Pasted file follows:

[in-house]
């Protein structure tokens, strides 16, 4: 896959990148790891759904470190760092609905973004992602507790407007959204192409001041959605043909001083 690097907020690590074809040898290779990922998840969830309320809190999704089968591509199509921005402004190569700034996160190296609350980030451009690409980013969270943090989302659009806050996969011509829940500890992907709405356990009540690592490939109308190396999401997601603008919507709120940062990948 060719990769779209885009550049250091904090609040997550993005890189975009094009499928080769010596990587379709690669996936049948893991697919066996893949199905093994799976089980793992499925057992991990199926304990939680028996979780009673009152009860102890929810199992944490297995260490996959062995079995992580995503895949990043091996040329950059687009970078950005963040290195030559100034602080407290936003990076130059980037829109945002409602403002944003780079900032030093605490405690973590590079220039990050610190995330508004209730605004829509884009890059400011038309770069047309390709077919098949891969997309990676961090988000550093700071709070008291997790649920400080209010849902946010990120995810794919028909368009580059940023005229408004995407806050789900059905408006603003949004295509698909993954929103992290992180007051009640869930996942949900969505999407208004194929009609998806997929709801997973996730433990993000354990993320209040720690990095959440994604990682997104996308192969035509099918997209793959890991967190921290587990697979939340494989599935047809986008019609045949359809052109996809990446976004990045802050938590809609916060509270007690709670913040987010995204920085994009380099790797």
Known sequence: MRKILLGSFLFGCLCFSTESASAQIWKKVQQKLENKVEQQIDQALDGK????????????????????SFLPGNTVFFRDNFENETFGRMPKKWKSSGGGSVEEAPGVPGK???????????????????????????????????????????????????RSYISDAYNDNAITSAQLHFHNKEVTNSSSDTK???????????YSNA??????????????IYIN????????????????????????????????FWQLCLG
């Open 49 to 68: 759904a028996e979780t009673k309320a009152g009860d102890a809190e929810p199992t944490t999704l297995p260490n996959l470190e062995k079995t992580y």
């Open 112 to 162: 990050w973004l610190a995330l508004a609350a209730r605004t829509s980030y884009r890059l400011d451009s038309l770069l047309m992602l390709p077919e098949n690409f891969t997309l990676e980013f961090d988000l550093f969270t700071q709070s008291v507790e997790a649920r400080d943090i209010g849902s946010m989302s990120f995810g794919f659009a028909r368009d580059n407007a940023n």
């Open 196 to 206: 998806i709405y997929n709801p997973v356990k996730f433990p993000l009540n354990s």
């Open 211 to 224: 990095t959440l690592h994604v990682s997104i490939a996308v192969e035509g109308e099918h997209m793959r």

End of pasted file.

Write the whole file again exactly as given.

[in-house]
């Protein structure tokens, strides 16, 4: 896959990148790891759904470190760092609905973004992602507790407007959204192409001041959605043909001083 690097907020690590074809040898290779990922998840969830309320809190999704089968591509199509921005402004190569700034996160190296609350980030451009690409980013969270943090989302659009806050996969011509829940500890992907709405356990009540690592490939109308190396999401997601603008919507709120940062990948 060719990769779209885009550049250091904090609040997550993005890189975009094009499928080769010596990587379709690669996936049948893991697919066996893949199905093994799976089980793992499925057992991990199926304990939680028996979780009673009152009860102890929810199992944490297995260490996959062995079995992580995503895949990043091996040329950059687009970078950005963040290195030559100034602080407290936003990076130059980037829109945002409602403002944003780079900032030093605490405690973590590079220039990050610190995330508004209730605004829509884009890059400011038309770069047309390709077919098949891969997309990676961090988000550093700071709070008291997790649920400080209010849902946010990120995810794919028909368009580059940023005229408004995407806050789900059905408006603003949004295509698909993954929103992290992180007051009640869930996942949900969505999407208004194929009609998806997929709801997973996730433990993000354990993320209040720690990095959440994604990682997104996308192969035509099918997209793959890991967190921290587990697979939340494989599935047809986008019609045949359809052109996809990446976004990045802050938590809609916060509270007690709670913040987010995204920085994009380099790797």
Known sequence: MRKILLGSFLFGCLCFSTESASAQIWKKVQQKLENKVEQQIDQALDGK????????????????????SFLPGNTVFFRDNFENETFGRMPKKWKSSGGGSVEEAPGVPGK???????????????????????????????????????????????????RSYISDAYNDNAITSAQLHFHNKEVTNSSSDTK???????????YSNA??????????????IYIN????????????????????????????????FWQLCLG
């Open 49 to 68: 759904a028996e979780t009673k309320a009152g009860d102890a809190e929810p199992t944490t999704l297995p260490n996959l470190e062995k079995t992580y």
């Open 112 to 162: 990050w973004l610190a995330l508004a609350a209730r605004t829509s980030y884009r890059l400011d451009s038309l770069l047309m992602l390709p077919e098949n690409f891969t997309l990676e980013f961090d988000l550093f969270t700071q709070s008291v507790e997790a649920r400080d943090i209010g849902s946010m989302s990120f995810g794919f659009a028909r368009d580059n407007a940023n």
């Open 196 to 206: 998806i709405y997929n709801p997973v356990k996730f433990p993000l009540n354990s």
């Open 211 to 224: 990095t959440l690592h994604v990682s997104i490939a996308v192969e035509g109308e099918h997209m793959r």